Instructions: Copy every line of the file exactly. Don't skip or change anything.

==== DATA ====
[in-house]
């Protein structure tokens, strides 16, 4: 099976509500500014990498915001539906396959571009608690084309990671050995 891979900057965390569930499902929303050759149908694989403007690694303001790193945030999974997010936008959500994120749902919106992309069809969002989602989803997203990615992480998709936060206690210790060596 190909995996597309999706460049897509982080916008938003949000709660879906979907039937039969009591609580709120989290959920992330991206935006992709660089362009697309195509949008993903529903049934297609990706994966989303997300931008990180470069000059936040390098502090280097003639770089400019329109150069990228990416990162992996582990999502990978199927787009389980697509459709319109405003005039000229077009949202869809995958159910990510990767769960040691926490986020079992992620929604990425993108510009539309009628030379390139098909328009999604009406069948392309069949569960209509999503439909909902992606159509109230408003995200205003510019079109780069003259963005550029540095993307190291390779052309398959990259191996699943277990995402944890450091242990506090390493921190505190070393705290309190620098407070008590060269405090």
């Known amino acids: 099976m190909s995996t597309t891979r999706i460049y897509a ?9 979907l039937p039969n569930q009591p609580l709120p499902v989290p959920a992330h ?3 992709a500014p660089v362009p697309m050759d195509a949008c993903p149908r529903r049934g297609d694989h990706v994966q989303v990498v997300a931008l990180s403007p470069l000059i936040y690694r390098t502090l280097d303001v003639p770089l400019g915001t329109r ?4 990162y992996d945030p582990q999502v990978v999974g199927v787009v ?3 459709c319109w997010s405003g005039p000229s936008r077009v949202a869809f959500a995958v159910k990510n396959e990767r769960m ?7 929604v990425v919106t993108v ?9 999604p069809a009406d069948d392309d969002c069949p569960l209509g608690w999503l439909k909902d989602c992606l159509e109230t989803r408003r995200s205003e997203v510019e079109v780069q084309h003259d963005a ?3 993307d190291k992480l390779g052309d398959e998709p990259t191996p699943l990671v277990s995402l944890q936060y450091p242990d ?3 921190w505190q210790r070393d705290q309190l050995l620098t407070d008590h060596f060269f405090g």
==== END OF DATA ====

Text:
[in-house]
């Protein structure tokens, strides 16, 4: 099976509500500014990498915001539906396959571009608690084309990671050995 891979900057965390569930499902929303050759149908694989403007690694303001790193945030999974997010936008959500994120749902919106992309069809969002989602989803997203990615992480998709936060206690210790060596 190909995996597309999706460049897509982080916008938003949000709660879906979907039937039969009591609580709120989290959920992330991206935006992709660089362009697309195509949008993903529903049934297609990706994966989303997300931008990180470069000059936040390098502090280097003639770089400019329109150069990228990416990162992996582990999502990978199927787009389980697509459709319109405003005039000229077009949202869809995958159910990510990767769960040691926490986020079992992620929604990425993108510009539309009628030379390139098909328009999604009406069948392309069949569960209509999503439909909902992606159509109230408003995200205003510019079109780069003259963005550029540095993307190291390779052309398959990259191996699943277990995402944890450091242990506090390493921190505190070393705290309190620098407070008590060269405090």
């Known amino acids: 099976m190909s995996t597309t891979r999706i460049y897509a ?9 979907l039937p039969n569930q009591p609580l709120p499902v989290p959920a992330h ?3 992709a500014p660089v362009p697309m050759d195509a949008c993903p149908r529903r049934g297609d694989h990706v994966q989303v990498v997300a931008l990180s403007p470069l000059i936040y690694r390098t502090l280097d303001v003639p770089l400019g915001t329109r ?4 990162y992996d945030p582990q999502v990978v999974g199927v787009v ?3 459709c319109w997010s405003g005039p000229s936008r077009v949202a869809f959500a995958v159910k990510n396959e990767r769960m ?7 929604v990425v919106t993108v ?9 999604p069809a009406d069948d392309d969002c069949p569960l209509g608690w999503l439909k909902d989602c992606l159509e109230t989803r408003r995200s205003e997203v510019e079109v780069q084309h003259d963005a ?3 993307d190291k992480l390779g052309d398959e998709p990259t191996p699943l990671v277990s995402l944890q936060y450091p242990d ?3 921190w505190q210790r070393d705290q309190l050995l620098t407070d008590h060596f060269f405090g």